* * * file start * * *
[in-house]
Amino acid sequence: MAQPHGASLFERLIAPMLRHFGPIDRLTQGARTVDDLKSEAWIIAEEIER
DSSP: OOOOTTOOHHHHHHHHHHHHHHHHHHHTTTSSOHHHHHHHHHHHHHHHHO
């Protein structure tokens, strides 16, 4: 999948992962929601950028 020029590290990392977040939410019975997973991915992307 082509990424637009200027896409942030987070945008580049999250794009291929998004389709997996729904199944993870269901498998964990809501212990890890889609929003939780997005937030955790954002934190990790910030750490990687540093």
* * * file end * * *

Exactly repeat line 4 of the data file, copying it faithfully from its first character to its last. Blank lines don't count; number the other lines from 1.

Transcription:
């Protein structure tokens, strides 16, 4: 999948992962929601950028 020029590290990392977040939410019975997973991915992307 082509990424637009200027896409942030987070945008580049999250794009291929998004389709997996729904199944993870269901498998964990809501212990890890889609929003939780997005937030955790954002934190990790910030750490990687540093």